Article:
After travelling to New Zealand’s Sub-Antarctic Islands in December 2021, Mike Crawford wanted to show “the strength, determination, and bright beauty of the sub-Antarctic birds” who make their homes there (1). Approximately 500km south and east of Rakiura, these distant territories are home to extreme weather conditions, mega-herbs, sea-lion colonies, and a plethora of bird species, many of which are endangered or extinct on mainland New Zealand. Isolated and inimical to human settlement, the islands are ecological liferafts.
Tutukiwi (Snares and Campbell Island snipe) - the “little kiwi” - is a taoka species for Kāi Tahu (2). Crawford’s sculpted glass adroitly captures its scurrying energy. The rounded form sits low to the ground and the grooved lines refract light from the inside outwards, mimicking the bird’s dappled plumage. This play of light ensures that the glass is filled with movement.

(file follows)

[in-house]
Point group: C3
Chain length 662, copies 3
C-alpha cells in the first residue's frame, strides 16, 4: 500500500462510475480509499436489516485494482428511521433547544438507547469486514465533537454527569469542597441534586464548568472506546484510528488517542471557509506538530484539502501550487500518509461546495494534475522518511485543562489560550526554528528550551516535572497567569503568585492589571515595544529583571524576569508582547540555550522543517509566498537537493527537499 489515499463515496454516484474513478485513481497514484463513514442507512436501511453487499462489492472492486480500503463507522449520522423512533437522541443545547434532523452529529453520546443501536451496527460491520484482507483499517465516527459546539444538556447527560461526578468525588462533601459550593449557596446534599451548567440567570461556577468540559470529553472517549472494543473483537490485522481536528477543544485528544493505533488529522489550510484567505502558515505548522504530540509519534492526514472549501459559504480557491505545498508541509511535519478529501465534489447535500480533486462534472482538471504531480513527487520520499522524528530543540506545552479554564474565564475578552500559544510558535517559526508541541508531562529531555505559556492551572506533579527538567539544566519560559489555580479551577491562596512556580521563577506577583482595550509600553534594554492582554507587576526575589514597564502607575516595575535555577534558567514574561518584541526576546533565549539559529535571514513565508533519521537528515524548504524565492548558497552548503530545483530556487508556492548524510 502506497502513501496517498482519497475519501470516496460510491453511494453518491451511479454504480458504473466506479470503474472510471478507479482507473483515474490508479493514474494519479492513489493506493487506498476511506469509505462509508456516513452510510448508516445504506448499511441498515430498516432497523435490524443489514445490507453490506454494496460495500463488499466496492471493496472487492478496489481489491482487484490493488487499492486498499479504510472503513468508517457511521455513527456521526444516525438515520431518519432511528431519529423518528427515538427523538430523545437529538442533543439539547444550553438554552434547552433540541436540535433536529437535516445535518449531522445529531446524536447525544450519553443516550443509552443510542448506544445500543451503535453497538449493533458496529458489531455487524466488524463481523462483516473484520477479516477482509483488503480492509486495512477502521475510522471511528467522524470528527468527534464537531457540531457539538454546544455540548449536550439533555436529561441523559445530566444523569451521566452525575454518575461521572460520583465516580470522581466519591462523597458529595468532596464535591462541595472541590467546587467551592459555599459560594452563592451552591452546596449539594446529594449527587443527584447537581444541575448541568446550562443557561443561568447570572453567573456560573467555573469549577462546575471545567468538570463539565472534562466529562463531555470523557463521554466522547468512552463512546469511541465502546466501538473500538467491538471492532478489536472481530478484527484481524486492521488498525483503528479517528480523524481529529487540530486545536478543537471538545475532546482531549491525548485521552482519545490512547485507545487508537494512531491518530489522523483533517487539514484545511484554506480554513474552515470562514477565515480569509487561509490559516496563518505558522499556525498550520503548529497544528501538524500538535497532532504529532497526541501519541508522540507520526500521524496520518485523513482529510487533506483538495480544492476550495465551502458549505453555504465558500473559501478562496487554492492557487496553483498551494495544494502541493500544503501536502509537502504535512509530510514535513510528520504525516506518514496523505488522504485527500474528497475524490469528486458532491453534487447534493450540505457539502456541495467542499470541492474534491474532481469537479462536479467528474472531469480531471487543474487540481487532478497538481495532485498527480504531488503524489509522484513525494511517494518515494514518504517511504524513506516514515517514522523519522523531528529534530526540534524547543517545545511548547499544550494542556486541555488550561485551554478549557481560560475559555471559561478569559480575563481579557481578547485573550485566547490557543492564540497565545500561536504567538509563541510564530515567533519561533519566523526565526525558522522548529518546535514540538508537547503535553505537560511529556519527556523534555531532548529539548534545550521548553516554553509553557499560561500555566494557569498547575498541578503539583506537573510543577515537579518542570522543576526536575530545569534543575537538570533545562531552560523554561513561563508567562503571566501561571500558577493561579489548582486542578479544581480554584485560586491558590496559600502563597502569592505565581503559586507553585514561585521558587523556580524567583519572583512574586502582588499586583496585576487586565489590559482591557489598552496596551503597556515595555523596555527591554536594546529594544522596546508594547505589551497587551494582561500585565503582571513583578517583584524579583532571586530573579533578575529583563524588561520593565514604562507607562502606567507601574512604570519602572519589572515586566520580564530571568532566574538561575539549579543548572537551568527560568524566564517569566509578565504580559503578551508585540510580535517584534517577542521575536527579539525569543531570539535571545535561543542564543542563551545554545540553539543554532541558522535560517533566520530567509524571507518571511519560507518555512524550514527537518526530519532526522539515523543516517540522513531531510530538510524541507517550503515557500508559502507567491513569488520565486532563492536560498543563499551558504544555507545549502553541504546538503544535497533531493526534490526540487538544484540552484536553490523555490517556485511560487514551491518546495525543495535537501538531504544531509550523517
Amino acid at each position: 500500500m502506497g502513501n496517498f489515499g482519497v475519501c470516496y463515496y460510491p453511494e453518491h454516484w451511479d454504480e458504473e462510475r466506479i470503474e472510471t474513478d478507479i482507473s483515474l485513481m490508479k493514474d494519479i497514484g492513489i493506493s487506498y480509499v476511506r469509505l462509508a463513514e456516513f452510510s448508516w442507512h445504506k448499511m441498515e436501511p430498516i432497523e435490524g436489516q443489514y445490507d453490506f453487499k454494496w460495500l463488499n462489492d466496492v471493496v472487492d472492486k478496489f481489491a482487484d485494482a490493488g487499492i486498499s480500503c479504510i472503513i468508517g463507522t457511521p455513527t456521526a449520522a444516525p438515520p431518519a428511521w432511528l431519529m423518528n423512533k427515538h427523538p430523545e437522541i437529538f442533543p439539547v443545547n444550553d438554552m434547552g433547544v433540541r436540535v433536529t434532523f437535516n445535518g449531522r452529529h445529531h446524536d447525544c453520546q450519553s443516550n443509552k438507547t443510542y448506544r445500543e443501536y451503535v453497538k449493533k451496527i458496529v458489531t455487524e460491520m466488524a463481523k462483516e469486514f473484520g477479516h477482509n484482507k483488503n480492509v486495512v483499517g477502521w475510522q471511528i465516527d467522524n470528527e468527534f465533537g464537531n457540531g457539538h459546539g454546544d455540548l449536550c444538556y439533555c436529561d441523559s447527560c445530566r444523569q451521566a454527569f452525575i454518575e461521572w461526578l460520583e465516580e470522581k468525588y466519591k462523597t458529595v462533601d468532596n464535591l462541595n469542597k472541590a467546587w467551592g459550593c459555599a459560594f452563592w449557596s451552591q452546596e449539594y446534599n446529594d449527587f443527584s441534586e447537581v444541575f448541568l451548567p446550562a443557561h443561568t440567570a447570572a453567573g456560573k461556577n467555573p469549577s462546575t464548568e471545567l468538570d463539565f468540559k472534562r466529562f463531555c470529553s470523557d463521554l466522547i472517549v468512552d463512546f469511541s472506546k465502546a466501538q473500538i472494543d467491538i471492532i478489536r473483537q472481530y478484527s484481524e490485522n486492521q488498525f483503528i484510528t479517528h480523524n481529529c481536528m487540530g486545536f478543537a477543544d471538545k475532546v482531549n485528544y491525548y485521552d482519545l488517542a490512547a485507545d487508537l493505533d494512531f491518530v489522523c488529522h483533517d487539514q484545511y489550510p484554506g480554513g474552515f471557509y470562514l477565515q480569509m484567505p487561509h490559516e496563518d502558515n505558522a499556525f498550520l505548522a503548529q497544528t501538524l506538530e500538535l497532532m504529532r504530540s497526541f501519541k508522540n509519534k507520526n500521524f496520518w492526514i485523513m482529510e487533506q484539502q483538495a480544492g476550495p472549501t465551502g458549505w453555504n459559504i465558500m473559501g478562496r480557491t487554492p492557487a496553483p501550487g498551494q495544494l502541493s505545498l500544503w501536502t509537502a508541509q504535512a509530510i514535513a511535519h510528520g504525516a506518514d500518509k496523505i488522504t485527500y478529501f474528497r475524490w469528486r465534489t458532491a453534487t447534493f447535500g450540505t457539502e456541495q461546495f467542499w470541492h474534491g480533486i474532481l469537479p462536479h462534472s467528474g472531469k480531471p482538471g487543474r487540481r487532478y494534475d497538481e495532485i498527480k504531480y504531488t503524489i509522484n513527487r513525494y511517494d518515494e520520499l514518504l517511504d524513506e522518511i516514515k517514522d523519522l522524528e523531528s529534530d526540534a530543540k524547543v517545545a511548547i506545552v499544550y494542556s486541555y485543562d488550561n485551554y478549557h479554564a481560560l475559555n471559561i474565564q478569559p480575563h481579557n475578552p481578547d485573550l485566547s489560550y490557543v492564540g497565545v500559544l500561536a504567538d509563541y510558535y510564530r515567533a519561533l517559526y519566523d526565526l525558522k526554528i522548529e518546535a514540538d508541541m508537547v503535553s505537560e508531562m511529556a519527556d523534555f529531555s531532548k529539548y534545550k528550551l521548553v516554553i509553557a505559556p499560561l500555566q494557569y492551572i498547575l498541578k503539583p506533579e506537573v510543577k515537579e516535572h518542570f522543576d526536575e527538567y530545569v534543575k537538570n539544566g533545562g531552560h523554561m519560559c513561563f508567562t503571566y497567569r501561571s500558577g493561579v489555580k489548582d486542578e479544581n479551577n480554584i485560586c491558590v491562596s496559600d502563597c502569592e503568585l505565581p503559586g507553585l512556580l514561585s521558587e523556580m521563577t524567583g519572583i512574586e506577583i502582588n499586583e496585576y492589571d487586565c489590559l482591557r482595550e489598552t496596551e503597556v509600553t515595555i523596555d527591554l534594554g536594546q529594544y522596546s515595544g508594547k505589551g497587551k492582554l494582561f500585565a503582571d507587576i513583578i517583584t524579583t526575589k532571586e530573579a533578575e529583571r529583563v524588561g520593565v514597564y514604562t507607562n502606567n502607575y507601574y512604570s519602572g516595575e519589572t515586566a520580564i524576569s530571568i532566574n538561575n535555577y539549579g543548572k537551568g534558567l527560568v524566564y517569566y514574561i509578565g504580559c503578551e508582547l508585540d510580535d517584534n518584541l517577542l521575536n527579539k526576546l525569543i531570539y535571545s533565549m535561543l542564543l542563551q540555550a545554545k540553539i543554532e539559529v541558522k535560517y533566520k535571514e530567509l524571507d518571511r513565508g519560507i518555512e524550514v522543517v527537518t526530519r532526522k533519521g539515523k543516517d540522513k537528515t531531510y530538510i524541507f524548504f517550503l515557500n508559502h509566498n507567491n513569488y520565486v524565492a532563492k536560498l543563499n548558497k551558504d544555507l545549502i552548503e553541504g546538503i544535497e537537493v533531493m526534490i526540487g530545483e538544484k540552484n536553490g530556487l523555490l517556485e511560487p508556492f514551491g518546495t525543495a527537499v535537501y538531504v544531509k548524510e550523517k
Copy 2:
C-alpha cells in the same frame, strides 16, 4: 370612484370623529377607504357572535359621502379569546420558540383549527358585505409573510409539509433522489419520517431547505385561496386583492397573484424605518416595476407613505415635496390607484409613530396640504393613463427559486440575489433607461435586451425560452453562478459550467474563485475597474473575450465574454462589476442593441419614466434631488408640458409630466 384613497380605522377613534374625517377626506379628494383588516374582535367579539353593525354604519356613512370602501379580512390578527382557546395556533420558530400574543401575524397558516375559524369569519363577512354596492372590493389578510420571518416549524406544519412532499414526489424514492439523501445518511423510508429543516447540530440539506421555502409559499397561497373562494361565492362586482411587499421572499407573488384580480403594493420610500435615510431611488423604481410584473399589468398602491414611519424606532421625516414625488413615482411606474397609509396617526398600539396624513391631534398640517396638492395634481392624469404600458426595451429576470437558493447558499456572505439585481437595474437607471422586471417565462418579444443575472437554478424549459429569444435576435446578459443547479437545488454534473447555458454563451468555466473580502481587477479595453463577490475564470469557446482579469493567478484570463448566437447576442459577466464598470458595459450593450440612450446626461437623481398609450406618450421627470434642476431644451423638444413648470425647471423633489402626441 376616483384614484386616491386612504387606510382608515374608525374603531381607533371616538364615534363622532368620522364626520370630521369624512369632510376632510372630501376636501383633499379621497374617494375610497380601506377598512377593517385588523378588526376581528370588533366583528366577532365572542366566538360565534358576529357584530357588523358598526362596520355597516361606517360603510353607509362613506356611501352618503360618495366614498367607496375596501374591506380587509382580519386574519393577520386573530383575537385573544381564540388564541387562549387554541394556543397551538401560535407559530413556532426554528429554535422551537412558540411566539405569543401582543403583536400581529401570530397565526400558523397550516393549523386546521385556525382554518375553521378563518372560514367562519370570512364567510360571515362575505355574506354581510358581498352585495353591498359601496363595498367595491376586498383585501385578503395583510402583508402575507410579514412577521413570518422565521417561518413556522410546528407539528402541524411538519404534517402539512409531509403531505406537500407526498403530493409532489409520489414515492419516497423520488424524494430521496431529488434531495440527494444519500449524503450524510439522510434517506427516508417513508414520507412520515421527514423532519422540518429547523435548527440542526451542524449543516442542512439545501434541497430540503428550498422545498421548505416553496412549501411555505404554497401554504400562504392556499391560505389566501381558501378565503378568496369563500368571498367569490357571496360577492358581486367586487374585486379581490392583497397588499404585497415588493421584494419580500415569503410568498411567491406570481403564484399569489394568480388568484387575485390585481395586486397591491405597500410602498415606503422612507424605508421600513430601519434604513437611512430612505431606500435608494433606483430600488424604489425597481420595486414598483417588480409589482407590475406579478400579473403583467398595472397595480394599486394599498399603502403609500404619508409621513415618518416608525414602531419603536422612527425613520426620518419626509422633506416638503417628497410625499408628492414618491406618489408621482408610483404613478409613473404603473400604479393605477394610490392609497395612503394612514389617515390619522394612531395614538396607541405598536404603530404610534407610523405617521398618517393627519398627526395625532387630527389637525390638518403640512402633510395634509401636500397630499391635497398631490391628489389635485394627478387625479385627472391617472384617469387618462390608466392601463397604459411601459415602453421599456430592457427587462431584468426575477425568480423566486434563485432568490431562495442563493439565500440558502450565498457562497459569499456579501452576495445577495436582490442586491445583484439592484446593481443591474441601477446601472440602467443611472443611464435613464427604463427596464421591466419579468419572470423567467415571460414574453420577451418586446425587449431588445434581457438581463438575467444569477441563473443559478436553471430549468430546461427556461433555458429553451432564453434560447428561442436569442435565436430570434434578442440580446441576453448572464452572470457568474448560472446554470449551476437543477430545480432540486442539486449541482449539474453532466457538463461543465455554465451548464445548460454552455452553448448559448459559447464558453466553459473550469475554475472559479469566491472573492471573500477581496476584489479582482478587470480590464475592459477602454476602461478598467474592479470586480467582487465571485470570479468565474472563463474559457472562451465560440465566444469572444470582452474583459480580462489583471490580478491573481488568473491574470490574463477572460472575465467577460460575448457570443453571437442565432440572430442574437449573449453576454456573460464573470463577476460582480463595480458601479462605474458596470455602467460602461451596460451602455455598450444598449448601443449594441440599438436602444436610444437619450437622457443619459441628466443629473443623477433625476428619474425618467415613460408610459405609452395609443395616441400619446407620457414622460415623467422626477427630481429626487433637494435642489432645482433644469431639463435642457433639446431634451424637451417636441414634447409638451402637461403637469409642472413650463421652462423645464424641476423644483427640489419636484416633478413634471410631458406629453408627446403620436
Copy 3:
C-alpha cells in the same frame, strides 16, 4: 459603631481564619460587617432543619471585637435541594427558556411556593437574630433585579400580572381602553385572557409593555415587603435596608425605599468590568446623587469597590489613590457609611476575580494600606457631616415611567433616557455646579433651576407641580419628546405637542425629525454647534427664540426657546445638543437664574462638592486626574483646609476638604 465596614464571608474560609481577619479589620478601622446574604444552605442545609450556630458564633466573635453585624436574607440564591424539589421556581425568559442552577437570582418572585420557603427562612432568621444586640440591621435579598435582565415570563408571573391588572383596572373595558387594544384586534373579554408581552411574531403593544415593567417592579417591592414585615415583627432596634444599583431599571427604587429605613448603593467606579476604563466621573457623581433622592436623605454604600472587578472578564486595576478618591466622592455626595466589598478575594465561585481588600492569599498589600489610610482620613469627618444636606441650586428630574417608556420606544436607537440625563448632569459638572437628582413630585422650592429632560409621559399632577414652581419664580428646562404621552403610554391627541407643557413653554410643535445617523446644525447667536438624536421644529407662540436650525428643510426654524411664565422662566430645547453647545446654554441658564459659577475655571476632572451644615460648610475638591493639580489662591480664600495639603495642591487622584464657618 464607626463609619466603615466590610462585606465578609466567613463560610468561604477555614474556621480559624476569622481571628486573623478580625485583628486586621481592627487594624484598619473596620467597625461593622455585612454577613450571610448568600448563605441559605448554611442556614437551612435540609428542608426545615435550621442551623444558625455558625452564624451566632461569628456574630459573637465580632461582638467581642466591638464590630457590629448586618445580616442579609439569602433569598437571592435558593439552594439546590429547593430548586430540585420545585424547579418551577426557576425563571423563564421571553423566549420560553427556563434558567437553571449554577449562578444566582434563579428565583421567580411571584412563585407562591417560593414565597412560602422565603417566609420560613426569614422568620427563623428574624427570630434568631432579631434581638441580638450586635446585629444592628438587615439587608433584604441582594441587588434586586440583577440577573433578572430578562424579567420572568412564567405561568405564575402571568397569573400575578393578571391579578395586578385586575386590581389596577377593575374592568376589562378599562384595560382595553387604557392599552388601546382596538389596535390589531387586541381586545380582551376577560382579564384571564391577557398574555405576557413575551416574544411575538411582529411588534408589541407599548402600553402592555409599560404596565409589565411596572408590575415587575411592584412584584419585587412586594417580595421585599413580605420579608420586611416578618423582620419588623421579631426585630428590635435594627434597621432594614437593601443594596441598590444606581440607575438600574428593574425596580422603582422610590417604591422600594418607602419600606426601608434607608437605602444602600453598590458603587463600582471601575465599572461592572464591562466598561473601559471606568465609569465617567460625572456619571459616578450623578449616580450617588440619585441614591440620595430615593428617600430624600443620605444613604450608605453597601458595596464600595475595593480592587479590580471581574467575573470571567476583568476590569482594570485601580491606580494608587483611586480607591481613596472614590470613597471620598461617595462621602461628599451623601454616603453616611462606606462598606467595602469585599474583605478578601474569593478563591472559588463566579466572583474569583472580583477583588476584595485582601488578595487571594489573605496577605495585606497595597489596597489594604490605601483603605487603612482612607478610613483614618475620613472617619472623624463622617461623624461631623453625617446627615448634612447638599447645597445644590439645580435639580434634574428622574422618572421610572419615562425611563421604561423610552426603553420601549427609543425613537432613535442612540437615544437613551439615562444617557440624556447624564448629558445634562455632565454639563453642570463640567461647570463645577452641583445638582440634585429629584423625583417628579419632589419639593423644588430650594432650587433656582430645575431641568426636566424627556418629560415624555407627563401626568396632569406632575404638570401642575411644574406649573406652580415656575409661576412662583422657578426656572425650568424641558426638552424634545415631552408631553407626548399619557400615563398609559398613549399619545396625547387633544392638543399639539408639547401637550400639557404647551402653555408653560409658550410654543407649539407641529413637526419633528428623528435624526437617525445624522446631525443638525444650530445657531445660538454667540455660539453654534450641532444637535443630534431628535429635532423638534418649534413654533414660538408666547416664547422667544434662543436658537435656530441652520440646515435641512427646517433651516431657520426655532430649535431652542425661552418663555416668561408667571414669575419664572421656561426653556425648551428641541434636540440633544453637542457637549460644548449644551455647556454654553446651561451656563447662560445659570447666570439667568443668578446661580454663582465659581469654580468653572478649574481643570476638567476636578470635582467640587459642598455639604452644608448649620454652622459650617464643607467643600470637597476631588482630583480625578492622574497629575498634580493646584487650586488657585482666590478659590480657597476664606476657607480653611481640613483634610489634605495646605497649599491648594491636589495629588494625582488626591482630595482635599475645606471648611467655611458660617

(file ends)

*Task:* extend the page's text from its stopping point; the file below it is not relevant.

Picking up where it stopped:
The same technique is also used for Moho Pēreru (Auckland Island Rail), another ground-dweller. Compared to the Tutukiwi and smaller Pīhoihoi, in this piece it is the rich density of the colour rather than its translucence that carries the immediate visual weight. The refractive effects are more elusive - much like the bird itself, which was believed extinct until two communities were discovered on the Auckland Islands 50 years ago.
Returning to land only once every two years, the toroa (wandering albatross, royal albatross) are truly birds of the ocean. Crawford references this specifically in his choice of shape-shifting blues for the Toroa vessel, while the sleek, outstretched head captures the elegance of the birds in flight.
Crawford’s opaque black works defy the expectations of glass as a medium. Absorbing rather than reflecting light, the matte sheen of the surfaces reinforces the physical presence of the work and places the emphasis on form and mass. The Kawau (Australasian shag; kōau in some Kāi Tahu dialects) (3) is depicted in its familiar perched stance, all predatory beak and perfectly streamlined body. Crawford wrapped the form in curvilinear ridges like the folds of a korowai, acknowledging the regal stature of these seabirds. (4)